A guide to caring for someone with a mental health condition

An illustration of two people at a tennis court holding rackets. One has her arm around the other.

What’s it like to care for someone with a mental health condition?

It can be really challenging caring for someone who has any mental health condition, especially when they’re a family member or someone you’re close to. As a young carer or a young adult carer, it can sometimes be difficult to know how best to help, and how to make time to look after your own mental health too. 

If you’re in this situation, know that you’re not alone and we’re here to help.  

In navigating the challenges of caregiving while prioritizing one’s mental health, seeking support and education becomes essential. Online certification courses in Holistic Health present a valuable avenue for individuals in this position. These programs deliver comprehensive training in various wellness practices, addressing not just physical health but also emotional and spiritual aspects.

For Spanish speakers facing the additional hurdle of language barriers, Scholistico offers a solution. With its inclusive approach, the platform provides course materials and support in multiple languages, including Spanish. This ensures that individuals from diverse linguistic backgrounds can engage fully in learning holistic therapies and wellness techniques.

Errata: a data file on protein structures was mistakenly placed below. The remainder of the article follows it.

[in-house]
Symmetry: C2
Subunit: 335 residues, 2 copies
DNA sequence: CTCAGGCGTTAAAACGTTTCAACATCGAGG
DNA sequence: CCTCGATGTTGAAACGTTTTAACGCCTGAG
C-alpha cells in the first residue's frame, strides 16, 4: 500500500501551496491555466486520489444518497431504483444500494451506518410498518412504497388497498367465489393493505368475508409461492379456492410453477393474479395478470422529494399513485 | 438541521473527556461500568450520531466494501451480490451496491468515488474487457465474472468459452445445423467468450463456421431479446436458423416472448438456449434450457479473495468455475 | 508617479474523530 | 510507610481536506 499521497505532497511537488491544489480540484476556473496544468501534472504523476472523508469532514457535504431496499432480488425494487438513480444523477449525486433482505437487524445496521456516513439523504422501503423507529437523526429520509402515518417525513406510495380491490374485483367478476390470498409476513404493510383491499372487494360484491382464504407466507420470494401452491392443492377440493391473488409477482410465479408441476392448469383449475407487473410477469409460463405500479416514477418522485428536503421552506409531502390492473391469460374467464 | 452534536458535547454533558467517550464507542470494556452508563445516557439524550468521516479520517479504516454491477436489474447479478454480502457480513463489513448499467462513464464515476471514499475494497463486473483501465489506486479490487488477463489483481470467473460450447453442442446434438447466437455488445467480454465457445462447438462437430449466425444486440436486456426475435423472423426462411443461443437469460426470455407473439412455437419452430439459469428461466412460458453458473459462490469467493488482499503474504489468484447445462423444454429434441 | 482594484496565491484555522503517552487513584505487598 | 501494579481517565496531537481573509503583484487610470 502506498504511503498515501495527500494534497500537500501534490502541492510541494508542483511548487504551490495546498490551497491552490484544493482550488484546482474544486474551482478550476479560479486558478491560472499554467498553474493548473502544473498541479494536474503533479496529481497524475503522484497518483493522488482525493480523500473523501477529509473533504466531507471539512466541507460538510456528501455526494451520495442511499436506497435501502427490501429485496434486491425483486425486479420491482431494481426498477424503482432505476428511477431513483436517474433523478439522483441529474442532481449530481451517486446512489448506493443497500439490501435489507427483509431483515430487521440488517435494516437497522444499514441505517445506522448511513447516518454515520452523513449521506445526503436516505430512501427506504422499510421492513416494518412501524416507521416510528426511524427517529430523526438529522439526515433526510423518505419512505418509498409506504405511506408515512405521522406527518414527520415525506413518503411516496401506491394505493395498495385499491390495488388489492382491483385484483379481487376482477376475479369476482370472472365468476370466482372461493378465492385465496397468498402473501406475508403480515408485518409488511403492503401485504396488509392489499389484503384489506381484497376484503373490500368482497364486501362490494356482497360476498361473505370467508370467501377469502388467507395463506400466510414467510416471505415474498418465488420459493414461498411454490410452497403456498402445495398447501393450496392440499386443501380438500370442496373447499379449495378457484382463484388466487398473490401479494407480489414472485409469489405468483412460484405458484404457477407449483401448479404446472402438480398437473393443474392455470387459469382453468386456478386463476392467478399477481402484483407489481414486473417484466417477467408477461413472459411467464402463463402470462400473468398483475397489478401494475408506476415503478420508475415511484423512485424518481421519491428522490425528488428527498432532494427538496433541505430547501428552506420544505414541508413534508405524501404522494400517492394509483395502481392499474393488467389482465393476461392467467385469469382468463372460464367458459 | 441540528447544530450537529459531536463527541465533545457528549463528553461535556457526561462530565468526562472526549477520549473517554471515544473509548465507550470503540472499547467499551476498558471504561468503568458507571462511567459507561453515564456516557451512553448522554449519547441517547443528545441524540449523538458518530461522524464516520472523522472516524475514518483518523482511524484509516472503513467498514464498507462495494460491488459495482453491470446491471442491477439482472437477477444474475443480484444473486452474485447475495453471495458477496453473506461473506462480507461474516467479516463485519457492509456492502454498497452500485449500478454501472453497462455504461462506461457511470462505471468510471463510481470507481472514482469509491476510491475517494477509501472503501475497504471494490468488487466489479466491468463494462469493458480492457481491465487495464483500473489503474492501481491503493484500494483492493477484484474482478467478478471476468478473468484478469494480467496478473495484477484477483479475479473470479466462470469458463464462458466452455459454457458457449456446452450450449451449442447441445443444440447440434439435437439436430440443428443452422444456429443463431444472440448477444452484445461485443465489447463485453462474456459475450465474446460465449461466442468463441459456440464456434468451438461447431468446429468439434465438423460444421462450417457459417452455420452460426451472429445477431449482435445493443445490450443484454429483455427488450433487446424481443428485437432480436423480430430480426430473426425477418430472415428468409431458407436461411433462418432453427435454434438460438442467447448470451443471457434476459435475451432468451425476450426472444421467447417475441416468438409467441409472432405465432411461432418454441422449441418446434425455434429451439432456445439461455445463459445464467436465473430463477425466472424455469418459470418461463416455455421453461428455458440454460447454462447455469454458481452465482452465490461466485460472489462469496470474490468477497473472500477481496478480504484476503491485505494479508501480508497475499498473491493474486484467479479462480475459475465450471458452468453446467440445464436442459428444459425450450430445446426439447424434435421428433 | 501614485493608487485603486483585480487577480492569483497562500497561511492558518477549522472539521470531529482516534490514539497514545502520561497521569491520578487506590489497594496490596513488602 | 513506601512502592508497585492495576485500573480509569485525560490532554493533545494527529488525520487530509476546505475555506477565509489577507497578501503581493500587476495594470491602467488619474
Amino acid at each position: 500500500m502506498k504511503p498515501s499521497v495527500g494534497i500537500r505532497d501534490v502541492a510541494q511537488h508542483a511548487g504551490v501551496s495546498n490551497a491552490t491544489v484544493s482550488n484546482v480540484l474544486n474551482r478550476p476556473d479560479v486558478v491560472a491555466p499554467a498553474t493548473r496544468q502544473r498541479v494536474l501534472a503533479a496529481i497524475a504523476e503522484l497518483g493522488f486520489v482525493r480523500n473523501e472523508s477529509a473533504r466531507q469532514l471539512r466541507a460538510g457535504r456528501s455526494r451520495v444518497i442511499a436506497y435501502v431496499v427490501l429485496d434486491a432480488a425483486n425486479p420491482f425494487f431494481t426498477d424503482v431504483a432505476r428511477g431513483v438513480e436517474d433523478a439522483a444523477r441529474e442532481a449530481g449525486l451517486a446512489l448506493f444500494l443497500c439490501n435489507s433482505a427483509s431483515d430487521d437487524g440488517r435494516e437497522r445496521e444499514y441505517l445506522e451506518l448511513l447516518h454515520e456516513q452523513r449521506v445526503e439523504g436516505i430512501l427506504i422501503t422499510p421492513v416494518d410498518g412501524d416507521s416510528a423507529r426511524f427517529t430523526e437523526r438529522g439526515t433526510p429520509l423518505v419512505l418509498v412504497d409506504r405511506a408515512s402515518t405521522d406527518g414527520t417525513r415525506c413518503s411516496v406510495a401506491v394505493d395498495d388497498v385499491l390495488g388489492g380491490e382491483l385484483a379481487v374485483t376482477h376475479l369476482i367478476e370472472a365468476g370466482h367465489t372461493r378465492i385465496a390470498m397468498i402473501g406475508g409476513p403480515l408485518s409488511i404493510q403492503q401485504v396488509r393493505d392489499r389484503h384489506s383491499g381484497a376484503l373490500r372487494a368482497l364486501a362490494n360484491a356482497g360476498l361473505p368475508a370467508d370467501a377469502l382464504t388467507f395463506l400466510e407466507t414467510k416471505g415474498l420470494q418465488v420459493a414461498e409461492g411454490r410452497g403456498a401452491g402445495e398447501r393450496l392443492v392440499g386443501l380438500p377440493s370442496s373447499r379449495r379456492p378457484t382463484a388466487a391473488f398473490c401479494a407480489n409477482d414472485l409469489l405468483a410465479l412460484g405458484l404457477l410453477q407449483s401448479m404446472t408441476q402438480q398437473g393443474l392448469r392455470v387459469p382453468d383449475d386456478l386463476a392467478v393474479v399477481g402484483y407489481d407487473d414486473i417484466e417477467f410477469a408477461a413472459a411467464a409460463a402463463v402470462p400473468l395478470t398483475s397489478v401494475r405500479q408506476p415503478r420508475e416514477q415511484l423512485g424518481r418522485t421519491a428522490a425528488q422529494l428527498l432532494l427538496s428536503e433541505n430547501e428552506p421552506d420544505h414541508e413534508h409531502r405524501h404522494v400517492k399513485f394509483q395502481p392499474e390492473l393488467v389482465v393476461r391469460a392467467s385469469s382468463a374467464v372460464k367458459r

Enrolling in Scholistico in Spanish not only deepens caregivers’ comprehension of holistic health but also equips them with practical skills for a rewarding career in wellness, breaking through linguistic barriers to pave the way for a brighter future.

We spoke to Molly, who is a Peer Support Officer at Bipolar UK. Her dad lives with bipolar disorder, so she has lots of first-hand experience of what it’s like to live with and care for someone with a mental health condition. Using her advice, we’ve put together a guide to some of your questions.